WRITTEN IN RINKLES. Nothing is more damaging to beauty in woman than worry. The worrying woman invites the hand of time U> write plenty ot wrinkles on her brow, and round her eyes and mouth; to tint her face yellow, and give dullness to the eye that no artifice can brighten. Worrying, moreover, is quite unneces sary, and is a total waste of energy which could be employed in doing something useful. Everyone knows the worrying woman the moment they see her. Her character ia written In her face in wrinkles which apparently nothing short of a miracle could ob literate.
FLOWERS AS EMBLEMS. [Newspaper Article] — Trafalgar and Yarragon Times — 17 April 1914
FLOWERS AS EMBLEMS. .The recent announcement in a con temporary that the Ulster men are trying to institute ci demonstration, when every man, woman and child will wear a flower as a token of their aversion to Home Rule, reminds one how often flowers have been used as emblems. Since the leaders of the Yorkist and Lancastrian parties each plucked a rose in the Temple Gardens, the Lan castrian a red and the York a white, this flower has been a popular emblem. Apart from the fact that red roses are symbolical of love and white of purity, our national emblem is the rose; the Legitimist Party of France formed the League oT the Rose in imitation of our Primrose League, while owing to (Jladstoue's fondness for white roses many Liberals onco wished to make them an emblem for their party, but tho idea '\vas not adopt ed. The primrose, it is said, was Ben conslield's favorite flower, and has ibeeu chosen by his followers, who formed the Primrose League, as au emblem, while in France the violet...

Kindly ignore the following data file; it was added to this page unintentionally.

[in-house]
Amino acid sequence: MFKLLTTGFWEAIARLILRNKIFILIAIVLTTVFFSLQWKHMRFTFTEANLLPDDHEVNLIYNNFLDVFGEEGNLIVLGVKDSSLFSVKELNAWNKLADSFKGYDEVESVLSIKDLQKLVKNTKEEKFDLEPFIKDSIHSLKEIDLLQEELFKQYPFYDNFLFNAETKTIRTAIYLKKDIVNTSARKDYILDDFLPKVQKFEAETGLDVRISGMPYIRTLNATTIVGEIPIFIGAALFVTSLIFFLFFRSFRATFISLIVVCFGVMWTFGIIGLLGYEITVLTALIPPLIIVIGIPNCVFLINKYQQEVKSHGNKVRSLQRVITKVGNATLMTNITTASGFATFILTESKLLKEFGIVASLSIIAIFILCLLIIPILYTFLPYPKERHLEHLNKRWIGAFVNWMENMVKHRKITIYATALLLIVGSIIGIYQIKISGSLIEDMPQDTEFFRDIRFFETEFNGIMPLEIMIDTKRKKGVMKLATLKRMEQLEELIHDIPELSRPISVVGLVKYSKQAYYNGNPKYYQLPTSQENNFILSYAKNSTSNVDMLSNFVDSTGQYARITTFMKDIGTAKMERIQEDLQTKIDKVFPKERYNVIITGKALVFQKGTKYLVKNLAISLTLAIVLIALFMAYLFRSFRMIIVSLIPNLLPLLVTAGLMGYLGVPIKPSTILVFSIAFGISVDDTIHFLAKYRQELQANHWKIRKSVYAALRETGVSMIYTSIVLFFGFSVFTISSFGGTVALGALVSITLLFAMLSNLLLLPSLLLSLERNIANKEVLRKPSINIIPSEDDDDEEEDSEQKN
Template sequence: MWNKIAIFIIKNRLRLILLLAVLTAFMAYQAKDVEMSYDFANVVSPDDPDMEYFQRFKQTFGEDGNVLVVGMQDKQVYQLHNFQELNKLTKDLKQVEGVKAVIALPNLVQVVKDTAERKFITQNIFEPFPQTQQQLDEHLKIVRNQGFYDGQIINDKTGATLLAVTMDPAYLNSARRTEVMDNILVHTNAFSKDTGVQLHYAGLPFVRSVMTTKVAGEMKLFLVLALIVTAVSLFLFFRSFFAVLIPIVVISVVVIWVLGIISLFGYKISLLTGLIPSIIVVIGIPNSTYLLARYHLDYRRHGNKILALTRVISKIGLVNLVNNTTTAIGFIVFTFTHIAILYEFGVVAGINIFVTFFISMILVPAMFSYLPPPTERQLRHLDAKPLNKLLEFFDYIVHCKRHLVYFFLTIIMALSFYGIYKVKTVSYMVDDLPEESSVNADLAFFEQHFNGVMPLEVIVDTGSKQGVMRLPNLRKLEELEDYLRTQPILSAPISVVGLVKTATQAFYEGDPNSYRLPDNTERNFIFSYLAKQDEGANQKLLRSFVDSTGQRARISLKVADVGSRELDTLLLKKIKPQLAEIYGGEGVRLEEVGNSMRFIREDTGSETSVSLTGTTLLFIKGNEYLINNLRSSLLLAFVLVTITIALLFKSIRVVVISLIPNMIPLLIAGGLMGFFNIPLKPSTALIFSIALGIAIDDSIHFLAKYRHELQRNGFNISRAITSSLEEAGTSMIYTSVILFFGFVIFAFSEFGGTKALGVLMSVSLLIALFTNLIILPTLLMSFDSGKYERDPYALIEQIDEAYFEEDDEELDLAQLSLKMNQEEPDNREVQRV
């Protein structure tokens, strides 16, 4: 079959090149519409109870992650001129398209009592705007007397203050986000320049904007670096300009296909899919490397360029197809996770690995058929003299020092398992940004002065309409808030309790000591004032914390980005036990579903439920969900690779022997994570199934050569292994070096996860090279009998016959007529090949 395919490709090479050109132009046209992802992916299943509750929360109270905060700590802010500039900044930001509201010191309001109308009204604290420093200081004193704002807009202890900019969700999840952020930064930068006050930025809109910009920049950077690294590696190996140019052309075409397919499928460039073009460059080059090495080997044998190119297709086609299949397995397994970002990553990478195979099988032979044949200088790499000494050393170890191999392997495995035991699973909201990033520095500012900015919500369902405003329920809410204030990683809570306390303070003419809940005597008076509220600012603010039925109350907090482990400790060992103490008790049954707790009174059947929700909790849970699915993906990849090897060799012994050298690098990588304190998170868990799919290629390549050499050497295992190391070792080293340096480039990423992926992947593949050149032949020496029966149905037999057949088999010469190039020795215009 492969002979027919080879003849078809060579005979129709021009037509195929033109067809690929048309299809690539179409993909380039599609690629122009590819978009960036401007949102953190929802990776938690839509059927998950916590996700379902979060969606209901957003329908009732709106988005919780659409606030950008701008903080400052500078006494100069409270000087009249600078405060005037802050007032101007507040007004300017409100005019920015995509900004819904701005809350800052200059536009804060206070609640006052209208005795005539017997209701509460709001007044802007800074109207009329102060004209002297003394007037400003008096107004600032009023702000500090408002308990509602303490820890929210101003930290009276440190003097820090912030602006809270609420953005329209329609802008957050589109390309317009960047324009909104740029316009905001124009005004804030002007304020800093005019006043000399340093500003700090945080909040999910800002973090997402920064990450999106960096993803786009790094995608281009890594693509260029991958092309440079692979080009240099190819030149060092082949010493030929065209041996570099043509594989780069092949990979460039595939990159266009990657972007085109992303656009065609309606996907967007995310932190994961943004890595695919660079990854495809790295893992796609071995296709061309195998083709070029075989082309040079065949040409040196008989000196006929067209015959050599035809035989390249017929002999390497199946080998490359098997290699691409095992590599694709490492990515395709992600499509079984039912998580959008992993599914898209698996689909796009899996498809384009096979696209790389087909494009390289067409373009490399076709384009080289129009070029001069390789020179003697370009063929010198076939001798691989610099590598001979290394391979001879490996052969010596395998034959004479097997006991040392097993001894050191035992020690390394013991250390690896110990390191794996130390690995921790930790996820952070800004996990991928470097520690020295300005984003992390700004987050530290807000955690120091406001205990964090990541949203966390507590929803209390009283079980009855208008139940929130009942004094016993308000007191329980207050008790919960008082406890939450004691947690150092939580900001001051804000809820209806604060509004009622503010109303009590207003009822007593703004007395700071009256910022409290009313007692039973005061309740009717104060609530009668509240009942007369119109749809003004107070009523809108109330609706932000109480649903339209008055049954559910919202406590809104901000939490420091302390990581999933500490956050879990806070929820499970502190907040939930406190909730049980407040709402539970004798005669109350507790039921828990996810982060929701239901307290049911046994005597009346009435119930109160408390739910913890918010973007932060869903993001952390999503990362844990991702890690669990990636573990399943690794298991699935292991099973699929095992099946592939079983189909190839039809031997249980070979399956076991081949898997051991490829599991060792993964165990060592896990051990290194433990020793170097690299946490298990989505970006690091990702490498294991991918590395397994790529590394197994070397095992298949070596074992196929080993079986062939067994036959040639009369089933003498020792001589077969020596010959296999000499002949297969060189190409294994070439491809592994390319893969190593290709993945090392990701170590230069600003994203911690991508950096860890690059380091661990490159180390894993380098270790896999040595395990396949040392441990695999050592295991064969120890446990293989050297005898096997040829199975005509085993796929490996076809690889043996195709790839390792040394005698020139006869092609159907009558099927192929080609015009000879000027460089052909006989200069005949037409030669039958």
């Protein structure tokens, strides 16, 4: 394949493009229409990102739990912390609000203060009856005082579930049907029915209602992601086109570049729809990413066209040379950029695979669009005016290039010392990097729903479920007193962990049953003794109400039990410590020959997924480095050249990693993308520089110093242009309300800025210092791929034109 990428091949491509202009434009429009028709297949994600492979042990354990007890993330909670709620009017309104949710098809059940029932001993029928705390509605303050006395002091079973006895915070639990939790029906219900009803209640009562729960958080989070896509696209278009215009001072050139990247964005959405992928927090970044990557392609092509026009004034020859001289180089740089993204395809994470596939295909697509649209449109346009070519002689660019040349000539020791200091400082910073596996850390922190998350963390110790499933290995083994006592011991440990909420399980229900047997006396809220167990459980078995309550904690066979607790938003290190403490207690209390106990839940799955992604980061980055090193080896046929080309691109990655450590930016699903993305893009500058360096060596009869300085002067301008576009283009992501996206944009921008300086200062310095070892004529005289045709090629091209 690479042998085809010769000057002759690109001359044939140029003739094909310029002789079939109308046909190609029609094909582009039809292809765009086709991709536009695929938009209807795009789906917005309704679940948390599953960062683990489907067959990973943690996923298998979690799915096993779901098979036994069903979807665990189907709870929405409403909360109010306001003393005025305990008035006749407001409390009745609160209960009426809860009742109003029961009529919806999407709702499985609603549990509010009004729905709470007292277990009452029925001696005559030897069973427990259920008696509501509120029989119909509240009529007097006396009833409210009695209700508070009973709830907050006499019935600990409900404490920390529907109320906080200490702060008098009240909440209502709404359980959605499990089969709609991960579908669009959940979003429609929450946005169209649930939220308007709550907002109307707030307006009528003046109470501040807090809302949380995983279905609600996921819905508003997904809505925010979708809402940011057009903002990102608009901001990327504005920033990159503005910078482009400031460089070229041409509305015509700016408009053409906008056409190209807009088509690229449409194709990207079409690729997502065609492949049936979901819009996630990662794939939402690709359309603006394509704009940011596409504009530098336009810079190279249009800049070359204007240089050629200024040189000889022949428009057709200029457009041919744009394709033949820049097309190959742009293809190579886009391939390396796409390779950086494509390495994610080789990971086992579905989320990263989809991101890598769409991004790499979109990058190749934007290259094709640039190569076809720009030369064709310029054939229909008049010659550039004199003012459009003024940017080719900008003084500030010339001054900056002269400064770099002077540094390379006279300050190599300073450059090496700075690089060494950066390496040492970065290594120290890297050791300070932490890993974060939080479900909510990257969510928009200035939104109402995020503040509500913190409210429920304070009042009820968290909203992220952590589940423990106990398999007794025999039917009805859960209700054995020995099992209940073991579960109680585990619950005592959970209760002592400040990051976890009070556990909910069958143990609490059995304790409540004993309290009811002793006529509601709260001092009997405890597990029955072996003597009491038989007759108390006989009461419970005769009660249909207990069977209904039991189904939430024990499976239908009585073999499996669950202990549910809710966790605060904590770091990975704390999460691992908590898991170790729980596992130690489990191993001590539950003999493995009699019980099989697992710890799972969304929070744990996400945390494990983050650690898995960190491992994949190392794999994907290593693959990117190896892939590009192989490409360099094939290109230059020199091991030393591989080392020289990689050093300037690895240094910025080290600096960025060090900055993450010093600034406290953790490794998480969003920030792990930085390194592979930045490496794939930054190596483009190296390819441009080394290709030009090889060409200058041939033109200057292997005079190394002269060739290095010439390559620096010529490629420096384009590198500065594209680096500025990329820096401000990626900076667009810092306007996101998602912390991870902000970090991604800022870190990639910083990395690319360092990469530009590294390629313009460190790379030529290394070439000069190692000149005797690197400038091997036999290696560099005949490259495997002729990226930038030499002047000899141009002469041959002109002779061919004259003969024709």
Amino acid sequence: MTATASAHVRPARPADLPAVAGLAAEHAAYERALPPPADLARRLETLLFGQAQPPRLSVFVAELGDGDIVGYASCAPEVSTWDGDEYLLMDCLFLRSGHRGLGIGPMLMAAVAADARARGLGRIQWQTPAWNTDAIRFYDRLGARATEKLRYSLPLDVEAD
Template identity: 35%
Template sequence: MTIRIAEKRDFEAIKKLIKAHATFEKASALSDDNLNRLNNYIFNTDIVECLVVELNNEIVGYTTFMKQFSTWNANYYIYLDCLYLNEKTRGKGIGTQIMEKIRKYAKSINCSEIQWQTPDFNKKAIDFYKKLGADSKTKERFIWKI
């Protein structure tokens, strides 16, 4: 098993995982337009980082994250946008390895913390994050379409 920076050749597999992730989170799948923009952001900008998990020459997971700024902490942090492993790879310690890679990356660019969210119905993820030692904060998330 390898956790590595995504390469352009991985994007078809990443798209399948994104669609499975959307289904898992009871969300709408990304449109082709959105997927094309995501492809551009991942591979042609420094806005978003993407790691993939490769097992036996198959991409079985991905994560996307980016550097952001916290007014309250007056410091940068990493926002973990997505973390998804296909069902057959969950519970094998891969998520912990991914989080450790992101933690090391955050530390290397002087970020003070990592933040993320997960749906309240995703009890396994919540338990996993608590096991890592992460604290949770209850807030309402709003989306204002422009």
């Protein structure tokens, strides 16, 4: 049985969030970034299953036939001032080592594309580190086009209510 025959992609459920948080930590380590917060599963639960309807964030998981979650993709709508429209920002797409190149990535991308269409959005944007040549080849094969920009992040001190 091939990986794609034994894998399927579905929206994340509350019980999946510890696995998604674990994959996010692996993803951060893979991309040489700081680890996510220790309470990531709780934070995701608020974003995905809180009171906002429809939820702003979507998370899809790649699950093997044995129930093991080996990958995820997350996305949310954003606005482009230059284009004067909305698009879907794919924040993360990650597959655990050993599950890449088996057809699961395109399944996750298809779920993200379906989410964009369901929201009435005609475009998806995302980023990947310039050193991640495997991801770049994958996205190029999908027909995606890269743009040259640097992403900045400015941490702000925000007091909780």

Naqua, the Bushman [Newspaper Article] — Trafalgar and Yarragon Times — 17 April 1914
-v&lt;.. , l Naqua,thc Bushman I By Pcrccvnl Gibbon in tlio Pittsburgh "Sunday .Magazine. The old yoliow-fangi'd dog baboon Hint was chained to a post in the .yard "'ad a dangerous trick of throw ins stone*, llo ux»(jl&lt;! seize a piece ot rock ;ti two hands, stand erect, and Avliirl nroffcd 011 bis heels, till momentiim was obtained, r.nd then let go. This missile would fly like a bullet, and woe betide anyone who stood in its way. The performance precluded any kind ' of aim-the stone was hurled ol'f at any chance tangent-and it was rather bad luck than by any kind of malice that guid ed one of the bouldei's through the window, across the kitchen, and into a portrait of Judas de liter, which hung on the wall not half a dozen feet from the slumbering Vrouw Gro bclaar. She bounded from her chair and ballooned to the door with a silent, swift agility most surprising to see In a lady of her generous build, and not a sound did she utter. Site was of good South African v...